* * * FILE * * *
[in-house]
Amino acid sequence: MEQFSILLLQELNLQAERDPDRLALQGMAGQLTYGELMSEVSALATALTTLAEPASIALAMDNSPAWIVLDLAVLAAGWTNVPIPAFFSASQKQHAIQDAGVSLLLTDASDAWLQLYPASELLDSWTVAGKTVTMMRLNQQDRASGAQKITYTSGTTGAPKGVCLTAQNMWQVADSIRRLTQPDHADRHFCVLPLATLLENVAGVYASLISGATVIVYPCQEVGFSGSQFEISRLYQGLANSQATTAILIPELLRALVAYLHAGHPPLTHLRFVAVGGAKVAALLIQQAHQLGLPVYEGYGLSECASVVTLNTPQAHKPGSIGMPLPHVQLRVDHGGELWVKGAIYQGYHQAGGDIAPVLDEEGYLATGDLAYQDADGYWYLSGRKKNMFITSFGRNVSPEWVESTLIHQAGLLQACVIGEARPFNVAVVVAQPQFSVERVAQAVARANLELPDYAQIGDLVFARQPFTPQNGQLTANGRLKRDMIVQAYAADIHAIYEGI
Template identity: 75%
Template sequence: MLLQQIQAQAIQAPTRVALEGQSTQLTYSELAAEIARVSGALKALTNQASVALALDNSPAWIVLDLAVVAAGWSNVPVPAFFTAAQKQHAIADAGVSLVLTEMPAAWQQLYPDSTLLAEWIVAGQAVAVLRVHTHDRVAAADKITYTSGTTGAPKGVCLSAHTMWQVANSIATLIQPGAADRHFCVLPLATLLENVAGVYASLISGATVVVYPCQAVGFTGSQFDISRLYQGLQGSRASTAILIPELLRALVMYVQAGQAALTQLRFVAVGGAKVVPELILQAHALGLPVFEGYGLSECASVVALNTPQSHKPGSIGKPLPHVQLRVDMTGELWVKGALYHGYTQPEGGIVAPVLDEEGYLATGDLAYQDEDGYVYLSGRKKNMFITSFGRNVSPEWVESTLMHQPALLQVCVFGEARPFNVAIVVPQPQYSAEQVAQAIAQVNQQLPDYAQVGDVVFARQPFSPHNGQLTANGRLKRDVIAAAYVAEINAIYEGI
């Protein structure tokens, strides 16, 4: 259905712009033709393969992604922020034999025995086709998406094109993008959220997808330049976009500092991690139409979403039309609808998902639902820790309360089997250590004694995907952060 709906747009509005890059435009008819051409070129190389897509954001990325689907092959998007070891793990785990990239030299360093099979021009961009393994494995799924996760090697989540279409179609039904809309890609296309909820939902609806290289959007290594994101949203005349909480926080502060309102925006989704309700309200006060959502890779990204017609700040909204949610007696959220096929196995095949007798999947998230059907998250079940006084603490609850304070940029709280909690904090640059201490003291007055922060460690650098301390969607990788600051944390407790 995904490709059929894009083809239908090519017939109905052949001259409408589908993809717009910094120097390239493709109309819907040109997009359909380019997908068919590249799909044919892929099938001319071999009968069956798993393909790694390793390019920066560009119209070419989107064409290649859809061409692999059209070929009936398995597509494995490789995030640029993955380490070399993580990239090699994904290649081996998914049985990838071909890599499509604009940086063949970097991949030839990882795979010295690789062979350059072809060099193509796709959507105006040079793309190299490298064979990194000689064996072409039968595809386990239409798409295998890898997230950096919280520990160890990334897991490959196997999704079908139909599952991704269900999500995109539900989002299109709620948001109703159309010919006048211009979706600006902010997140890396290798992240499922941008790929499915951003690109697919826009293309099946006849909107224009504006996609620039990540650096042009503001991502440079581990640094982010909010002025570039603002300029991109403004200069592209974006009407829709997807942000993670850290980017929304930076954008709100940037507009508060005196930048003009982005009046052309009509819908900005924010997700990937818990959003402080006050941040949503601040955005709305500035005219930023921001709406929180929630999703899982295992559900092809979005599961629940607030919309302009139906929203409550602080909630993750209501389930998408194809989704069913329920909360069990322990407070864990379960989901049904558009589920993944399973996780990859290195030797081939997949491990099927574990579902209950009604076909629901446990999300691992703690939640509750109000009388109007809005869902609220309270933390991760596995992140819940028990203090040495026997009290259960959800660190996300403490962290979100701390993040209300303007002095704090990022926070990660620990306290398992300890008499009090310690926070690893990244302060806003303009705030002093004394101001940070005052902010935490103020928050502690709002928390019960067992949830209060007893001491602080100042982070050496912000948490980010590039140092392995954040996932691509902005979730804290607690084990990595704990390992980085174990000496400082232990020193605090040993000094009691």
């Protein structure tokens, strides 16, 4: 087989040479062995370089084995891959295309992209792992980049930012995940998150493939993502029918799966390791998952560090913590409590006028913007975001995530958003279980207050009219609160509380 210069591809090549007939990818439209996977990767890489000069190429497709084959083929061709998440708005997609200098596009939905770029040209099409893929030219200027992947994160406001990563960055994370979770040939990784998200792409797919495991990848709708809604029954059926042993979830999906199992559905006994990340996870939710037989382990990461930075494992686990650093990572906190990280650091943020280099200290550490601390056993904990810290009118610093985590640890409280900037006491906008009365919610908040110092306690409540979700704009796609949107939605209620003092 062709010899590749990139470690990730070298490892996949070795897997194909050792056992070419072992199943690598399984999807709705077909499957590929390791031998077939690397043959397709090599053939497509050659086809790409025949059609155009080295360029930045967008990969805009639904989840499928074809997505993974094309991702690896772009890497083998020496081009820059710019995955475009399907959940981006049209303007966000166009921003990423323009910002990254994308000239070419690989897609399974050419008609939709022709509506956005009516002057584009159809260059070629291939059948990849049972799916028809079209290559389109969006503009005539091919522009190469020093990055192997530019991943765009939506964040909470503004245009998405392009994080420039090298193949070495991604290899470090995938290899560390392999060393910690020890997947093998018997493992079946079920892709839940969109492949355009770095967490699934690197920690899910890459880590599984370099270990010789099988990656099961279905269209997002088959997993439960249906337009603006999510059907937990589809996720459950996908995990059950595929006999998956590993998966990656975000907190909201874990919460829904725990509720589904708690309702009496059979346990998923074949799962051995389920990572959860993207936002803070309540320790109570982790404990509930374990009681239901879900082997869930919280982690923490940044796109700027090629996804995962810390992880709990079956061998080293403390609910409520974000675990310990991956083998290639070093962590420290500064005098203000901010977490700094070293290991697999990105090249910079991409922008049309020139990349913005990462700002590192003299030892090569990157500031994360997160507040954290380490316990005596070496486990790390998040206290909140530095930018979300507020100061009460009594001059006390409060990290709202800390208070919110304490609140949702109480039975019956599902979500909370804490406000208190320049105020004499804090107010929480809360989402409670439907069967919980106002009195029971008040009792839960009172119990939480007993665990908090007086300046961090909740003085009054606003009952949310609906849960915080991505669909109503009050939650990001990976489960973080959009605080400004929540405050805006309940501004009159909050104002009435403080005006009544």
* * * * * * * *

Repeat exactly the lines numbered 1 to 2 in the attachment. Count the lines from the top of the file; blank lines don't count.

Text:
[in-house]
Amino acid sequence: MEQFSILLLQELNLQAERDPDRLALQGMAGQLTYGELMSEVSALATALTTLAEPASIALAMDNSPAWIVLDLAVLAAGWTNVPIPAFFSASQKQHAIQDAGVSLLLTDASDAWLQLYPASELLDSWTVAGKTVTMMRLNQQDRASGAQKITYTSGTTGAPKGVCLTAQNMWQVADSIRRLTQPDHADRHFCVLPLATLLENVAGVYASLISGATVIVYPCQEVGFSGSQFEISRLYQGLANSQATTAILIPELLRALVAYLHAGHPPLTHLRFVAVGGAKVAALLIQQAHQLGLPVYEGYGLSECASVVTLNTPQAHKPGSIGMPLPHVQLRVDHGGELWVKGAIYQGYHQAGGDIAPVLDEEGYLATGDLAYQDADGYWYLSGRKKNMFITSFGRNVSPEWVESTLIHQAGLLQACVIGEARPFNVAVVVAQPQFSVERVAQAVARANLELPDYAQIGDLVFARQPFTPQNGQLTANGRLKRDMIVQAYAADIHAIYEGI